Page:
Natural Disasters

Since India’s independence in 1947, It has witnessed 321 different incidents of natural disasters, as reported by the United Nations Office for Disaster Risk Reduction. The same reports state that 79,732 people have lost their lives in such incidents while the lives of over 108 crore people were affected. Such shocking numbers raise a serious question in our minds, ‘Is India well prepared for natural disasters?’

Vulnerability to natural disasters

The Bay of Bengal on the eastern coast and the Arabian Sea along the western coastlines of the country make it highly prone to cyclones and tsunamis. The hilly northern regions often witness landslides and related accidents. Floods are a common feature during the Indian Monsoon. As a result, natural disasters are frequent occurrences in this nation. 

According to the National Disaster Management Authority, around 40 million hectares of land in India is exposed to floods (about 12 percent of the total land area), 68 percent of the land is vulnerable to droughts, landslides, and avalanches, 58.6 percent landmass is earthquake-prone, and tsunamis and cyclones are a regular phenomenon for 5,700 km of the 7,516-km long coastline. 

Impact of natural disasters on India

Over the years, thousands of people have lost their lives to such accidents. Not just these disasters take the lives of thousands of people, those who survive have to face severe consequences. Many who survive are left homeless and moneyless. 

These calamities are also the cause of several diseases, including diarrheal diseases, acute respiratory infections, malaria, leptospirosis, measles, dengue fever, viral hepatitis, typhoid fever, meningitis, and tetanus, and cutaneous mucormycosis.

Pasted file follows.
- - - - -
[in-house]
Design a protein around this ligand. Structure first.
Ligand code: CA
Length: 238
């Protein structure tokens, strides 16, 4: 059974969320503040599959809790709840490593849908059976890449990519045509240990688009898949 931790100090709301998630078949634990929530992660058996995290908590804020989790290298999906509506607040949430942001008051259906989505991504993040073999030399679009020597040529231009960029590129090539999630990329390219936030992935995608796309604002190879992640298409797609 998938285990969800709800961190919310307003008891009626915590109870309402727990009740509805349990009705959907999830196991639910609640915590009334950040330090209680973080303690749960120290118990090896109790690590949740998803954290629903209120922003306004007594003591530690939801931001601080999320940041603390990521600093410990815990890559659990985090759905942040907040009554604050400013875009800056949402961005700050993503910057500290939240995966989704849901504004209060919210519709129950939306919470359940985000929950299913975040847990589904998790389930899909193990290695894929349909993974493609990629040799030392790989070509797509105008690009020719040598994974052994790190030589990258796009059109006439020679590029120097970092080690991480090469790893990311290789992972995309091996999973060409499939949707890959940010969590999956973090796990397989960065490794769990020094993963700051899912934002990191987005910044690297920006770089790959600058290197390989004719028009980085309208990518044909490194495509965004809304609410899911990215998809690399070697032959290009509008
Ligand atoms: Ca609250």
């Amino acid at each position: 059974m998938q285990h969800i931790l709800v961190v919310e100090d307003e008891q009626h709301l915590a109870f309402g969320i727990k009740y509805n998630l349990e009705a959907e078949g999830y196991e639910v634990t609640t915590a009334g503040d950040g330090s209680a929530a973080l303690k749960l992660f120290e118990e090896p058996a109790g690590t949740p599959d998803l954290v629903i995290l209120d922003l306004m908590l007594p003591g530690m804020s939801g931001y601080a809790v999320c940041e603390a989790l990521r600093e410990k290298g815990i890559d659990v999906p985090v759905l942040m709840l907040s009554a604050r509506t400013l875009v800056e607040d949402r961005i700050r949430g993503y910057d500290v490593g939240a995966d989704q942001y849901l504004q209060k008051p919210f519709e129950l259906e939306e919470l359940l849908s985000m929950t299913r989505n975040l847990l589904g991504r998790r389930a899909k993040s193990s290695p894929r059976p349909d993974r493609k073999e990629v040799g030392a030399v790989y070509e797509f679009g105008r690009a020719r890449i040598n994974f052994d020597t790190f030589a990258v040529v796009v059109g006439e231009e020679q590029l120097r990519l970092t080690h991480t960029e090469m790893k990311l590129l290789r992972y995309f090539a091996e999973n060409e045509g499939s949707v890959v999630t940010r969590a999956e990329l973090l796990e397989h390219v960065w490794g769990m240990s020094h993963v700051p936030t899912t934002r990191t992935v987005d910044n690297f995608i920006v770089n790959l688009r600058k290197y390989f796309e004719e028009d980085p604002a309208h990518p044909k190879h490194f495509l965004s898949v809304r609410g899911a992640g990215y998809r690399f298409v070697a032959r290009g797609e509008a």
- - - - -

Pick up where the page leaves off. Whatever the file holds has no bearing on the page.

National Disaster Management Authority

The National Disaster Management Authority (NDMA), is the apex body for Disaster Management in India. It is headed by the Prime Minister of India. NDMA is mandated to lay down the policies, plans, and guidelines for Disaster Management. India envisions the development of an ethos of Prevention, Mitigation, Preparedness, and Response. 

Even after the formation of NDMA, natural disasters have been successful in causing colossal damage to lives and the nation’s economy. We thus ask ourselves, what are the ways in which we can minimize the damage caused by any disaster.

Urbanization and Research 

Planned urbanization can save thousands of lives, as Japan has proved over the years. However, we still haven’t taken the right steps in that direction. About 80 percent of the total buildings in Delhi still cannot withstand a seismic earthquake.

Many projects and funds were raised, but most of them are in the development phase and nowhere close to completion. More research in the field of seismology can save thousands of lives in the coming years. The authorities have been often found guilty of taking action late. Their efforts can do little to comfort the affected yet can be very helpful.

Communication System

Poor communication systems and connectivity cause massive damage during any calamity. During floods and landslides, many people lose their lives simply because they can’t contact the rescue teams on time and inform them about their location. 

This also leads to unawareness and confusion among those who are stuck in the affected areas. They are therefore unable to give their full cooperation to rescue teams. Lack of awareness and education in this populous nation is another cause of the significant number of deaths. 

Many, especially the poor, are still oblivious to basic precautions they should take during such calamities and don’t even have basic first-aid kits ready with them. There is a need for higher-resolution satellite images for better planning.

Conclusion

Odhisa prepared for natural disasters
Source of image: Yourstory

The Odisha Model of cyclone management has received praises from all over the world as the state has efficiently battled numerous cyclones over the past few years. This is not the result of a one-day action but a gradual action taken over a long time.

 Community-level warning, multi-purpose cyclone shelters, and Early Warning Dissemination System are key features of this model. Many states have taken inspiration from this. Though, at present, our nation is not entirely equipped to fight natural disasters. we may expect that to happen soon in the future.

By Ishita

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